Hwacheon Trout Ice Festival

Overall, my adjustment to living in South Korea has been really smooth. Everything feels pretty normal, and I feel very comfortable in my workplace and in my neighborhood. That being said, occasionally (and hopefully more often) my friends and I venture out into something uniquely South Korean. (Okay, they probably do this in Canada and Scandinavia, but let me dream).

We went to the Hwacheon Trout Ice Festival! Hwacheon is about two hours north of Seoul, and my friends and I were lucky enough to have a gracious guide and ride to the event. We met Harry through Meet Up, a fantastic app that allows you to meet like minded people who want to do the same things as you! In any case, we’ve been on a few trips with Harry, and he’s such an enthusiastic person that every trip has been so fun!

For the Ice Festival we knew we wanted to have a lot of time at the event so we left bright and early. My expectations of the event were to go, fish, and come home. I can say without any doubt, that I have never had so much fun at one event as I did today.

The river is set in the valley of some very mysterious mountains. The fog really made the entire day feel pretty magical, but it was freezing! I would recommend wearing very thick socks and having special hotpacks for your feet if you can find them

After we got everything sorted with tickets we moved on to the actual ice to fish for our very own trout! I was painfully unsuccessful during our first try before lunch, but I didn’t get too discouraged!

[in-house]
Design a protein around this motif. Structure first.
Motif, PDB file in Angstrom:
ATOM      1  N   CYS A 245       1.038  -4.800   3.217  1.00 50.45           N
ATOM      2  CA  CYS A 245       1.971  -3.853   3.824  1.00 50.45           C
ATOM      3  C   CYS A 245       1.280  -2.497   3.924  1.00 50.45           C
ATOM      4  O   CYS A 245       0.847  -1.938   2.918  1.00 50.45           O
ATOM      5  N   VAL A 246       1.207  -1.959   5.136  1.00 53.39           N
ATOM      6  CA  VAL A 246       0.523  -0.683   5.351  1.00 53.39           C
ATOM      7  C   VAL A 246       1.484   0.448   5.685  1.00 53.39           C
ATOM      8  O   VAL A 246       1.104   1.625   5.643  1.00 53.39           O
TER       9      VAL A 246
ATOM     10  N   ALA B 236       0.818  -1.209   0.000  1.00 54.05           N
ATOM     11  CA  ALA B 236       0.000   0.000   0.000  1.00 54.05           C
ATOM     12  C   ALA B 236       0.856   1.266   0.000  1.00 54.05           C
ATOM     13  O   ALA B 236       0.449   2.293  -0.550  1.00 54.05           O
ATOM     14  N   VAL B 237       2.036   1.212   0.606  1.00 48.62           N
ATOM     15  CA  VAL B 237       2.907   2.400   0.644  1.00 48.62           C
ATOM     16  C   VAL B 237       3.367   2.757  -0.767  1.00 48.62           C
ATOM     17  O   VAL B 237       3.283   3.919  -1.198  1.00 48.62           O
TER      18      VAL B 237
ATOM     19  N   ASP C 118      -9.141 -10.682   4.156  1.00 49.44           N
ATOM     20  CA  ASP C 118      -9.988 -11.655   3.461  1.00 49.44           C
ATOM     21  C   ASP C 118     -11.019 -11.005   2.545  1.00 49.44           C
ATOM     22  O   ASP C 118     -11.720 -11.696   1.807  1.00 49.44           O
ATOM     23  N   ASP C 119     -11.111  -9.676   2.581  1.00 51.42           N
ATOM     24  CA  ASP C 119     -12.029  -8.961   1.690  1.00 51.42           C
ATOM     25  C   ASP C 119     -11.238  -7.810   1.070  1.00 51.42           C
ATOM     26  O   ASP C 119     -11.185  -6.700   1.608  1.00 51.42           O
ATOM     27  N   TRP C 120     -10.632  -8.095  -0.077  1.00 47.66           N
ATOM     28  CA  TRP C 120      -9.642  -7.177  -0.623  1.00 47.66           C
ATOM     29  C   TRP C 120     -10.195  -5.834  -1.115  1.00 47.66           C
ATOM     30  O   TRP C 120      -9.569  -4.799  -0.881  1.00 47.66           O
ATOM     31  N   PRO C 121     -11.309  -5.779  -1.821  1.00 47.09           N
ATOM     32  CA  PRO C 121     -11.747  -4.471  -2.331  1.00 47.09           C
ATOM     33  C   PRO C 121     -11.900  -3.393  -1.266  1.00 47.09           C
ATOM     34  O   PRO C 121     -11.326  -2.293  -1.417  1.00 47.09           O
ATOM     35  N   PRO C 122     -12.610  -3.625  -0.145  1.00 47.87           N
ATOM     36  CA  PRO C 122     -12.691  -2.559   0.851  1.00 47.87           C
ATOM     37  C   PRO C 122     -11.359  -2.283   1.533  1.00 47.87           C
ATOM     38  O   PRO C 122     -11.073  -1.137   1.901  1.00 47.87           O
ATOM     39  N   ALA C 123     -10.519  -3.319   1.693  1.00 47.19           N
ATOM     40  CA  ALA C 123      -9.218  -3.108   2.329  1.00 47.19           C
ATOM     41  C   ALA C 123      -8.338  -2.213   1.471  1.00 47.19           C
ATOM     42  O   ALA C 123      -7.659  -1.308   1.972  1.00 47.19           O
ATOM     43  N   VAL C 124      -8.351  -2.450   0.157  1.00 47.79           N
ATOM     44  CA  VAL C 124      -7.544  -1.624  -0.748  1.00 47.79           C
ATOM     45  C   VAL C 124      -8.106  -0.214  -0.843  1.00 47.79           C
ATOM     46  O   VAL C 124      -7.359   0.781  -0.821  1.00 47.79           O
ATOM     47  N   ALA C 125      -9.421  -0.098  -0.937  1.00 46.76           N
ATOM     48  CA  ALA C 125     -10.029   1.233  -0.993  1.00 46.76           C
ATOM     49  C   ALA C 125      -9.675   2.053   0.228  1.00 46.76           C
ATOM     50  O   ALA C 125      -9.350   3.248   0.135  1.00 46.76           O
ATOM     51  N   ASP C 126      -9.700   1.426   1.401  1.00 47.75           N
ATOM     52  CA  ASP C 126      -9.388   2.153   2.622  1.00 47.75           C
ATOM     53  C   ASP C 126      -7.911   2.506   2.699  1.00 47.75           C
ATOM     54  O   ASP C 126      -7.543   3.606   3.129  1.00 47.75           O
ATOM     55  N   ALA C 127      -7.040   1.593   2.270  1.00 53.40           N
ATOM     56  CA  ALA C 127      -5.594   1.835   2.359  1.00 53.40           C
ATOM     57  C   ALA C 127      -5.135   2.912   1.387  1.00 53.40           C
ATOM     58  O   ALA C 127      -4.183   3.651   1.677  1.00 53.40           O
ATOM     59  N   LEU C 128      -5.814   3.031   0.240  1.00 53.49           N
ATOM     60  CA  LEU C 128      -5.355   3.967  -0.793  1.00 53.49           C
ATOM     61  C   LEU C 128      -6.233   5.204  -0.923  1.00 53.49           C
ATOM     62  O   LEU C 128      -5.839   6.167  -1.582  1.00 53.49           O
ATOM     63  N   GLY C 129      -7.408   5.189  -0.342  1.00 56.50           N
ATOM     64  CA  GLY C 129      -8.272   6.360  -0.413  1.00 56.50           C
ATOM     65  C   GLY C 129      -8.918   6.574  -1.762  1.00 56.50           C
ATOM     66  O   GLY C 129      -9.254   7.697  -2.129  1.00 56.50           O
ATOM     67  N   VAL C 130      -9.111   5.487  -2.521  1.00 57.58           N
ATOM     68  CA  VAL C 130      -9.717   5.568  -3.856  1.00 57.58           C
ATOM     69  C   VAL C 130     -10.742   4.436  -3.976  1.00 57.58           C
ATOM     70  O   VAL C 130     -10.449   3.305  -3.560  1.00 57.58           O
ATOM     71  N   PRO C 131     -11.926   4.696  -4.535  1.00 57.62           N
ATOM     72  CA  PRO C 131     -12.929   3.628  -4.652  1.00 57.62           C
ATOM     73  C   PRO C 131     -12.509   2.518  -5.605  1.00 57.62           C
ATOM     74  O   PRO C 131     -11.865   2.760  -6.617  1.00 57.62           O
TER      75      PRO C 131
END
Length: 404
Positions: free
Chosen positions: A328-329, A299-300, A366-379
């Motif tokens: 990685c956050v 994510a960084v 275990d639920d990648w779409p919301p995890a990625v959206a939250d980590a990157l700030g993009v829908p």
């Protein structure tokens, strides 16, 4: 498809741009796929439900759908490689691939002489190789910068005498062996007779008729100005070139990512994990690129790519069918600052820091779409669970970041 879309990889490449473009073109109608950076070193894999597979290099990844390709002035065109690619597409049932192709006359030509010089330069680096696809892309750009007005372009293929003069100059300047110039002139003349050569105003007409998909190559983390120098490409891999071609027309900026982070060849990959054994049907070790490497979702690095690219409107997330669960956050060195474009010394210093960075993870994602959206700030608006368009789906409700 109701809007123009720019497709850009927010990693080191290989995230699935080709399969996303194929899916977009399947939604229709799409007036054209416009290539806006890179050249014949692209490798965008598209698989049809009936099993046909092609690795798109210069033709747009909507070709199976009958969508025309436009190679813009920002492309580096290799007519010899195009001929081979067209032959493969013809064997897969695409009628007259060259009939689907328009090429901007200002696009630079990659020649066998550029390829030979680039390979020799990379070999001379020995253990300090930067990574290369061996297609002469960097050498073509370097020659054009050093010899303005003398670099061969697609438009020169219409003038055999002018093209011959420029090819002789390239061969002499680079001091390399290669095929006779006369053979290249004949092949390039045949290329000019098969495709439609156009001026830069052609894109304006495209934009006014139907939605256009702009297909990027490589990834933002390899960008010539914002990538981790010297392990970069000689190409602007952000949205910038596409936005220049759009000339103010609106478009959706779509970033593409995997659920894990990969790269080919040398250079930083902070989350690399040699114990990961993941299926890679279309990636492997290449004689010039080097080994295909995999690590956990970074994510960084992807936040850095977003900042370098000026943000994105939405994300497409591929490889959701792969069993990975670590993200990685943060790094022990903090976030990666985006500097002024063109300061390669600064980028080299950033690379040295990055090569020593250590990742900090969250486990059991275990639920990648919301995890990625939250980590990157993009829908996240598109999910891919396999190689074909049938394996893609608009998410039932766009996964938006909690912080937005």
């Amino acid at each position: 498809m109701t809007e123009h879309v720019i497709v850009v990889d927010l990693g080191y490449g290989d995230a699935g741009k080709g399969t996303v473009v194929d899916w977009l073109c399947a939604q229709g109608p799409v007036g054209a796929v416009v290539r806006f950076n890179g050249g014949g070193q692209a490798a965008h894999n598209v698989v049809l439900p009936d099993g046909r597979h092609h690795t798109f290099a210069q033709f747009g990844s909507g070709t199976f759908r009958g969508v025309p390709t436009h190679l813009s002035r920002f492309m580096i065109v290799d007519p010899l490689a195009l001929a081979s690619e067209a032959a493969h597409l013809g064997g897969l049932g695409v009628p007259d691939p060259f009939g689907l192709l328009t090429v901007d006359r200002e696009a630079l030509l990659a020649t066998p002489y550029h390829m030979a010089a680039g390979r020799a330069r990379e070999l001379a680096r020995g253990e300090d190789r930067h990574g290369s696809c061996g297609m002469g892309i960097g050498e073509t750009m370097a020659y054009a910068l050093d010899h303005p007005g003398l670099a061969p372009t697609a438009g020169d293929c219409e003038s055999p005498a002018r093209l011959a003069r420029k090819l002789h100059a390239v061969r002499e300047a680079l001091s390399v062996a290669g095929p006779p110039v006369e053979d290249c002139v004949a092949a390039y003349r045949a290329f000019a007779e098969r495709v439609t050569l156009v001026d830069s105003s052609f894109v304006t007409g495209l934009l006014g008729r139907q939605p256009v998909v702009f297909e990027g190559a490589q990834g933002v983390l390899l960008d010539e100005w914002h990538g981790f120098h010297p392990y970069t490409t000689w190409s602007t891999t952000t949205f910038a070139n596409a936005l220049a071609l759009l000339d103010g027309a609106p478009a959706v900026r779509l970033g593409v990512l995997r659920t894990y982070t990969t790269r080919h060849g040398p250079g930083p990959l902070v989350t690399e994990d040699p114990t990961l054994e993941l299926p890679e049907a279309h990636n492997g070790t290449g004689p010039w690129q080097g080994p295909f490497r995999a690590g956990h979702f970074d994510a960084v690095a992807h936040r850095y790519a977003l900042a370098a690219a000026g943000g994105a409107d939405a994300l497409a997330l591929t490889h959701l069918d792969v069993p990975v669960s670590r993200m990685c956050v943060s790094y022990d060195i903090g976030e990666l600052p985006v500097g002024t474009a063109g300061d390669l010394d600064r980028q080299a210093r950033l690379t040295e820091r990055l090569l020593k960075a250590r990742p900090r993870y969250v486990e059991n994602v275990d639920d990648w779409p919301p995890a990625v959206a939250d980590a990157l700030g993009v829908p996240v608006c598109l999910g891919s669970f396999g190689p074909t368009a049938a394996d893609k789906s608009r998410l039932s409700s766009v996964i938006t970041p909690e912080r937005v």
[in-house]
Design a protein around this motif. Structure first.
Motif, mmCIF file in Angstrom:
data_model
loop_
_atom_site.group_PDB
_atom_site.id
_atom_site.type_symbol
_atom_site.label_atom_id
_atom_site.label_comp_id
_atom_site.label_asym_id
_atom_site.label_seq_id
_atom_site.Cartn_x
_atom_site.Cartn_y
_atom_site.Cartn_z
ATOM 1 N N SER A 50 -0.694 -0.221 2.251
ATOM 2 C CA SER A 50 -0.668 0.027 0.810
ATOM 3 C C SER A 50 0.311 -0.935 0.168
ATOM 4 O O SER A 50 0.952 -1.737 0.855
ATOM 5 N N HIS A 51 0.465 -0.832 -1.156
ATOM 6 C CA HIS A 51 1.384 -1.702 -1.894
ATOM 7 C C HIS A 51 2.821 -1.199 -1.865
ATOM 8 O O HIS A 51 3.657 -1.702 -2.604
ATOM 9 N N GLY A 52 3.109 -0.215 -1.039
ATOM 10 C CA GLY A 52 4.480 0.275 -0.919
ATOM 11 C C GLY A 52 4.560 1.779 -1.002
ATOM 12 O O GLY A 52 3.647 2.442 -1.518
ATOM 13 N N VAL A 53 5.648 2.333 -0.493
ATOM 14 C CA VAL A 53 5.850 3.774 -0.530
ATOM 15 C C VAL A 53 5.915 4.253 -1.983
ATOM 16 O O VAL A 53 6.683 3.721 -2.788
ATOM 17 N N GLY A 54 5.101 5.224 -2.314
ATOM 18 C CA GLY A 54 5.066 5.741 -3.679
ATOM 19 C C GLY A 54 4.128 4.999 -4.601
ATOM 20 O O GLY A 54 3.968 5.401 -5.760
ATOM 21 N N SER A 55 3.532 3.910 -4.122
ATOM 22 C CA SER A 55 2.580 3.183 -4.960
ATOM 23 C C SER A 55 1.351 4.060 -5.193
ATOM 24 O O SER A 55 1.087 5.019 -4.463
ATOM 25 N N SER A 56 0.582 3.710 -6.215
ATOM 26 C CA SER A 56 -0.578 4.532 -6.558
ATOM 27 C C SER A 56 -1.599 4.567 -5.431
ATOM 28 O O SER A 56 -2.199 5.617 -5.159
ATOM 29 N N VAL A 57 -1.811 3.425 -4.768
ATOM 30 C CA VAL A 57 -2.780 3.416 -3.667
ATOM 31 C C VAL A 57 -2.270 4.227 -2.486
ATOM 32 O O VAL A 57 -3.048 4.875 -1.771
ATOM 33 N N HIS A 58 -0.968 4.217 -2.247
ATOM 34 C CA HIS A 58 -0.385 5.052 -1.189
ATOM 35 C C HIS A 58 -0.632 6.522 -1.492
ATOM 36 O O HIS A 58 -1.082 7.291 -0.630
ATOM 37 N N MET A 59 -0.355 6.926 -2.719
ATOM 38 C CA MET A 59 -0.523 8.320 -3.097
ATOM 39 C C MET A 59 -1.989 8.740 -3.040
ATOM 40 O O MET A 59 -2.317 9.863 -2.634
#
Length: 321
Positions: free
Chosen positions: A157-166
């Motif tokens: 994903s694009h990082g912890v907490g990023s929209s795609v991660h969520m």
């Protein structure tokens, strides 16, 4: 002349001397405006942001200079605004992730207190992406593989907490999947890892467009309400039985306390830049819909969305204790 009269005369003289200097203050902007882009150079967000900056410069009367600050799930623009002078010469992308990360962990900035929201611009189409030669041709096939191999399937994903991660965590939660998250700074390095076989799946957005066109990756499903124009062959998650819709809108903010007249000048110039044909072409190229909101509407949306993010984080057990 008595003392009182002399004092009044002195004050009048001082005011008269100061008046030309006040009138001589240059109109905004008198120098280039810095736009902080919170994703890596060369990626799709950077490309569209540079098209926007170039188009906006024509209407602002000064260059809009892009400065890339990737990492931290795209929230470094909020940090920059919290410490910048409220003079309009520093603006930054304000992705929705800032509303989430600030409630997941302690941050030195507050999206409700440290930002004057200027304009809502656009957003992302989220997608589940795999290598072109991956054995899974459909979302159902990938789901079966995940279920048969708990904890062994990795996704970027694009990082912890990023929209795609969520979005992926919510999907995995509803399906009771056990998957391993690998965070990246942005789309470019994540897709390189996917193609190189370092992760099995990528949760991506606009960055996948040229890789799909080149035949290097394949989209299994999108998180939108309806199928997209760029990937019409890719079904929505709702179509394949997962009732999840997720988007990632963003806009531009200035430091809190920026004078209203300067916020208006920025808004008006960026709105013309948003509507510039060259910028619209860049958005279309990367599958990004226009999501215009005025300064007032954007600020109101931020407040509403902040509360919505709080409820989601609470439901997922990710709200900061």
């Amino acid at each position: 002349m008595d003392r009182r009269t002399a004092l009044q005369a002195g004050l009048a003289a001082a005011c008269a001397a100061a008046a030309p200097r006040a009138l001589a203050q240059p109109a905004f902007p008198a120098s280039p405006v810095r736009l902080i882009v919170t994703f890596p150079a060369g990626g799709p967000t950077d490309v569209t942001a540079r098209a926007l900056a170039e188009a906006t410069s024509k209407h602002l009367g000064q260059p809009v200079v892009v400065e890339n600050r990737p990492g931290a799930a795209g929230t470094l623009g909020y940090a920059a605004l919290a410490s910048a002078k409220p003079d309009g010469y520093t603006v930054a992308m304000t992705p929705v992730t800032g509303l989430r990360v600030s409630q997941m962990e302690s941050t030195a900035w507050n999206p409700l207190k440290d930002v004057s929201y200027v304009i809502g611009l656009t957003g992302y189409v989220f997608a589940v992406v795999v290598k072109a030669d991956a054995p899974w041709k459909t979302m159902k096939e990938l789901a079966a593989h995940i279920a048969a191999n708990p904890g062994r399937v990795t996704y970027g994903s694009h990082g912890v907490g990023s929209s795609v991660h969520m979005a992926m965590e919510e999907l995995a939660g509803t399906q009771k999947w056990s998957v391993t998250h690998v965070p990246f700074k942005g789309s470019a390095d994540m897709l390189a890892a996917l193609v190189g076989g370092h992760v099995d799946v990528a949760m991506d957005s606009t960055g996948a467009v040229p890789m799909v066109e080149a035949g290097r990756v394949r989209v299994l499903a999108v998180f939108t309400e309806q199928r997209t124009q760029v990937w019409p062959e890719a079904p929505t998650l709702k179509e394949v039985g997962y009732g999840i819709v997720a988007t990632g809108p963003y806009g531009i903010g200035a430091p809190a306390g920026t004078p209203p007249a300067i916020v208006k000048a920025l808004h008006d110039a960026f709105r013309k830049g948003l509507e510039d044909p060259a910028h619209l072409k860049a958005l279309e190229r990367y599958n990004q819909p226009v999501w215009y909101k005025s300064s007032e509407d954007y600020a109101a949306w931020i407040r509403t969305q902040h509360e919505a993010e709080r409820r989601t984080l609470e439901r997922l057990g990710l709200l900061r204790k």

Lunch was great, and the menu was obviously trout! I was a little nervous because I know  fish bones really skeeve me out, but I was so brave and destroyed that fish! (I didn’t eat the organs, whoops).

 

Then we went back to the ice; it was my chance for redemption! Not even five minutes back and Stefan catches the biggest fish we saw all day, and I caught one soon after. I’m really proud of myself for not screaming. Instead I calmly pulled the fish out of the water so silently that no one knew I had one on the line until it was on the ice.

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After we were all satisfied with catching fish (except poor Michael, who had the worst luck and did not catch any our second time out) we ventured off to see what else the festival had to offer.

SO MUCH, by the way. There was snow tubing, zip lining, ice sliding, some traditional form of ice skating, and ATV shenanigans. Not to mention the wide variety of traditional korean foods like ddeokbokki, ramen, and honey stuffed pancakes! It was also really awesome watching the employees put the trout in these massive ovens designed just for the fish.

There were also some silly attractions like the fake animals we posed with, and of course the whole thing made me feel like a kid again.

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I have to thank Harry for all of the amazing pictures he took of us, especially the shots of us going down the hill in innertubes.

I haven’t had the same thrill of feeling like I might die and the need to go again and again in a while! Every time we went back up we all came up with the best strategy for getting down the hill, and none of us toppled over, so it was a huge success!

After all of that we traveled over to the building with the indoor ice sculptures. It was a bit of a walk to get to, but the walk itself was really pleasant, too.

The sculptures are massive and made completely out of ice. I don’t know about previous shows, but this one was dedicated to major landmarks from all around the world. It wasn’t great for taking selfies because of how backlit it was, but the sculptures themselves were just incredible (and cold).

I would highly recommend making the trip to the ice festival if you are in or near Seoul in the winter. The only thing I wish they had was regular rink ice skating and it would have been a flawless winter day.

Thanks for reading, now I have to figure out how to cook these fish!

Dara

 

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